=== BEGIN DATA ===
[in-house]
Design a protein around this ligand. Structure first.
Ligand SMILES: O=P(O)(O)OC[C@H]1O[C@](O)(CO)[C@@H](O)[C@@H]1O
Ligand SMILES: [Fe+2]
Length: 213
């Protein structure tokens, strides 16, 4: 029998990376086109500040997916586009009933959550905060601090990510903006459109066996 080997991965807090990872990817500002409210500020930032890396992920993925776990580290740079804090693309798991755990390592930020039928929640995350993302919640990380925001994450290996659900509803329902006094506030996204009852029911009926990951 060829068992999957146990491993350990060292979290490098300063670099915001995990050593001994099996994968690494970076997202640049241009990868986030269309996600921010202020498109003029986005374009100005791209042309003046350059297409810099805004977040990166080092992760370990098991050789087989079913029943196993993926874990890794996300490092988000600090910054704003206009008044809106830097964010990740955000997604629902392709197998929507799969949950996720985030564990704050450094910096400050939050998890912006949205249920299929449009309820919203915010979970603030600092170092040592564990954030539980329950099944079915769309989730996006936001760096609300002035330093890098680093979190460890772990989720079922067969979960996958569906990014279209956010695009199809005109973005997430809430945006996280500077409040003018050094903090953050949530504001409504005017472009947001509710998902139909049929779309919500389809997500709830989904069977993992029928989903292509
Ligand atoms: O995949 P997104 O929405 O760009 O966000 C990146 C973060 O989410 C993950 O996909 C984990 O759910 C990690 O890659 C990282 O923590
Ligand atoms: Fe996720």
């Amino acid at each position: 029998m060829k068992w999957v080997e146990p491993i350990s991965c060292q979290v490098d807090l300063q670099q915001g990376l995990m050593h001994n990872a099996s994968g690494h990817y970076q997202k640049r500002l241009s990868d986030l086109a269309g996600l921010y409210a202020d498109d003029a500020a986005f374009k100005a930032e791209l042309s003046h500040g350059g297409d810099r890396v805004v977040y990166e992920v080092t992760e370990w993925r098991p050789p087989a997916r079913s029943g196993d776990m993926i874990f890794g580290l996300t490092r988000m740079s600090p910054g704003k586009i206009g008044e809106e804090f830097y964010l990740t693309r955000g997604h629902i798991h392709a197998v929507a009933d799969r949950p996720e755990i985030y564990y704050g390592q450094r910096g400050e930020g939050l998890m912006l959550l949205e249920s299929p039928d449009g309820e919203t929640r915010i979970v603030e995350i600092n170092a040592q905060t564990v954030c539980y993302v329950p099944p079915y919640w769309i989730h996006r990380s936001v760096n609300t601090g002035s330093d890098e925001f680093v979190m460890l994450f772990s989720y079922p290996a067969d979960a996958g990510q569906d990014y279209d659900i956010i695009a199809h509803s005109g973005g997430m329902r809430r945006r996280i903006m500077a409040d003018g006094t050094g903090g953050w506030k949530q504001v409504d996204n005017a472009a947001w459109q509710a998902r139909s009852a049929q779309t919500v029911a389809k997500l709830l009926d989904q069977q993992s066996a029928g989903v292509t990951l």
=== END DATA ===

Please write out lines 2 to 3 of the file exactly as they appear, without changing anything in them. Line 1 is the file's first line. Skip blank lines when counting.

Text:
Design a protein around this ligand. Structure first.
Ligand SMILES: O=P(O)(O)OC[C@H]1O[C@](O)(CO)[C@@H](O)[C@@H]1O